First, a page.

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Starmer pledges that Labour will make UK the fastest-growing G7 economy

By Gareth Jones
23 February 2023
Financial & Professional Services
Public Affairs

By Gareth Jones

Keir Starmer set out his vision for government today in a speech in Manchester, announcing that Labour would provide a new type of governing, outlined through the unveiling of five "missions", which include (1) securing the highest sustained growth in G7, (2) building an NHS fit for the future, (3) making Britain’s streets safe, (4) breaking down barriers to opportunity at every stage and (5) making Britain a clean energy superpower.

For most of the missions, the Labour leader was fairly light on policy detail or what these would entail. And in some ways, the speech contained some of the standard themes that any Labour leader would talk about when setting out their stall. NHS, education and green energy are well worn topics, but perhaps the one exception to that is the first pledge, which is arguably the most striking - that under a Labour government, the UK will secure the highest sustained growth in G7. This is obviously quite a bold pledge (and potentially a hostage to fortune given much of it would be outside the UK Government’s control) but it is perhaps a sign of Starmer’s strategy to establish a clear dividing line on the economy between them and the Conservatives (it is also notable that Starmer is due to make another big speech on the economy next Monday).

Central to the Labour leader’s argument here is that the Conservative Party’s short-termism has blighted the country. The past 10 years has seen the worst decade of growth in two centuries, which in part can be blamed on a government that has chopped and changed and too focused on itself. Labour, on the other hand, would bring a longer-term approach, establishing measurable missions that will bring greater stability and certainty required for sustained economic growth. In terms of what that longer-term approach might actually entail, Starmer said it would include a credible industrial strategy, ‘fixing’ the Brexit deal with the EU, reforming childcare, promoting apprenticeships, and a reformed planning system — all overseen with a “sound” fiscal approach.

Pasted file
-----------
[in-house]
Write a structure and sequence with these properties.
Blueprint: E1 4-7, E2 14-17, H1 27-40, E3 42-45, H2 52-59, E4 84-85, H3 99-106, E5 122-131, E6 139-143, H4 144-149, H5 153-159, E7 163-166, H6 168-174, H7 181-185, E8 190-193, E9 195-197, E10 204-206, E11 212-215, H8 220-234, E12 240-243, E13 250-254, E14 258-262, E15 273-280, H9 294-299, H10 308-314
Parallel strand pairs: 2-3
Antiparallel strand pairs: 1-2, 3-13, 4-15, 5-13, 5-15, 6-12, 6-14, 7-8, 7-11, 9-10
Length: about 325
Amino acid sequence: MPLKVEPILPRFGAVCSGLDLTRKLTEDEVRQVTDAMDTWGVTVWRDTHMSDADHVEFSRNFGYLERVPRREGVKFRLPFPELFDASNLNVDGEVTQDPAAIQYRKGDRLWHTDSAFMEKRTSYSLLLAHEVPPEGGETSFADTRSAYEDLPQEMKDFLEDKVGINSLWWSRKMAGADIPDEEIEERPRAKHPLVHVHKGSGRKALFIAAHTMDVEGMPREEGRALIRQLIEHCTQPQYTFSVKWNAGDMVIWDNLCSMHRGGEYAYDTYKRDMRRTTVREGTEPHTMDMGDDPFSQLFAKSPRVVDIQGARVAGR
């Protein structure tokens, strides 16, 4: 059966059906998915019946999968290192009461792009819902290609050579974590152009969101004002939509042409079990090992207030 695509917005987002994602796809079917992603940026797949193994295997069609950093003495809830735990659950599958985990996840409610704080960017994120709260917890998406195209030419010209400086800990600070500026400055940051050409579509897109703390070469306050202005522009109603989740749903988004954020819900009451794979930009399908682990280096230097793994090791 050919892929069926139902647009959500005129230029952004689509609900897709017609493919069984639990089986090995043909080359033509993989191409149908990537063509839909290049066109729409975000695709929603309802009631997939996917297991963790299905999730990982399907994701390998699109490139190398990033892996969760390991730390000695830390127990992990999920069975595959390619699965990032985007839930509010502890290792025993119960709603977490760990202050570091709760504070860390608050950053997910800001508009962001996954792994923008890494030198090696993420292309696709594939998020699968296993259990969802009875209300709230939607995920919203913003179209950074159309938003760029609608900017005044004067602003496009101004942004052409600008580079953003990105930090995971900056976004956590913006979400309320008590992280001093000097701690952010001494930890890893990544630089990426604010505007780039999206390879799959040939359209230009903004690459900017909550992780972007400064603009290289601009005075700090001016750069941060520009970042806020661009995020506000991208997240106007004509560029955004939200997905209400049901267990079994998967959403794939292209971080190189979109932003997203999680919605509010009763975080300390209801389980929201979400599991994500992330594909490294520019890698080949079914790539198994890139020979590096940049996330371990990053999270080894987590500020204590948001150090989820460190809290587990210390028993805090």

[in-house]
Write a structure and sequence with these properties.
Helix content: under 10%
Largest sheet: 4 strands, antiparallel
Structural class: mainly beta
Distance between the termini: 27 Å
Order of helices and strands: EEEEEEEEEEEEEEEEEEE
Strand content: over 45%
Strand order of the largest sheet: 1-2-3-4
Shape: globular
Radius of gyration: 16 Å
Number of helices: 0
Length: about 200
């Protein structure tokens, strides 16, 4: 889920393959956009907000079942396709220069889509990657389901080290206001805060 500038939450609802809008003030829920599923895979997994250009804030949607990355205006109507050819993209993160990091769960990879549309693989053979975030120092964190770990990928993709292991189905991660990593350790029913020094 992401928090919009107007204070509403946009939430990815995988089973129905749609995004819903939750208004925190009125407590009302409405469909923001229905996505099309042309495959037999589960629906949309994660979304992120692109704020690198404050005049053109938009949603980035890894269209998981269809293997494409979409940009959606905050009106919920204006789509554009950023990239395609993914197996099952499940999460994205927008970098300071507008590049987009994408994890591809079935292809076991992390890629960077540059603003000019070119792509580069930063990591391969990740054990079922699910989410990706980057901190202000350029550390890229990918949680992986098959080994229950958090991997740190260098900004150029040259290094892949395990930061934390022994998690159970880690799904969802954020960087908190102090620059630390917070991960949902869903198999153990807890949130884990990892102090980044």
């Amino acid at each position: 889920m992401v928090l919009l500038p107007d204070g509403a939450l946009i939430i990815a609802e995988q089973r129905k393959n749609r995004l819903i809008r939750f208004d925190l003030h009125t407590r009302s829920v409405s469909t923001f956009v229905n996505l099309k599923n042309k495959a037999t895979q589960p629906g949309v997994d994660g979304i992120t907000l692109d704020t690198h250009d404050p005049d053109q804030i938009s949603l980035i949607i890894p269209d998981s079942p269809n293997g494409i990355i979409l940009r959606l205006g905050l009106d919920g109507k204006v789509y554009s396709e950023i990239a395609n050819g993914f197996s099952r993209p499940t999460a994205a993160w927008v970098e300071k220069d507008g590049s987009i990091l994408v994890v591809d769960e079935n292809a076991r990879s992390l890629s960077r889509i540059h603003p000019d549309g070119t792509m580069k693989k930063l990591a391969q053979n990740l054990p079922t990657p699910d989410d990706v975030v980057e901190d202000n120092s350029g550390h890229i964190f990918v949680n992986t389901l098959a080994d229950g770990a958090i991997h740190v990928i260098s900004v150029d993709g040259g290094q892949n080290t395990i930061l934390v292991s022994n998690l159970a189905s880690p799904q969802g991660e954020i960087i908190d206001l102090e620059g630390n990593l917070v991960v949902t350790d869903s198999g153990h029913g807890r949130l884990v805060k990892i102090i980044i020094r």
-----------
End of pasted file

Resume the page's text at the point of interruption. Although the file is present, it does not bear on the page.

As a political argument, this approach clearly makes sense. While Labour remains over 20 points ahead in the polls, Starmer is conscious that Labour still needs to ‘win’ the argument on the economy – which will undoubtedly be the number one issue at the next election (and so often Labour’s Achilles Heel in campaigns). Some may compare Starmer’s five missions to Rishi Sunak’s own five priority pledges made at the beginning of the year. Labour, however, would clearly argue that Sunak’s pledges are far more short term in scope and largely focused on ‘clearing up the mess’ of his predecessors. Indeed, many Conservatives would privately agree with Starmer’s central diagnoses that the short-termism and political volatility of past few years has had a significant negative impact on the UK.

On the broader point of whether this level of economic growth is actually achievable is perhaps one of the fundamental issues facing this country. Some would argue that politicians have failed to grasp the full extent of the crisis that the UK is in in terms of its economic performance – after all, the flatlining of economic growth and labour productivity over the past 15 years is historically unprecedented. Countless economists themselves have debated the causes for this – key ones cited are a chronic lack of investment, a dysfunctional housing market, the long-term impact of the global financial crisis and the inability of tech innovations to make tangible differences in labour productivity. Most agree that there is no simple answer to addressing this problem, but Starmer’s pledge to make the UK being the fastest-growing G7 economy a “clear and measurable” goal is designed to position him in the eyes of voters as the leading candidate to answer the question.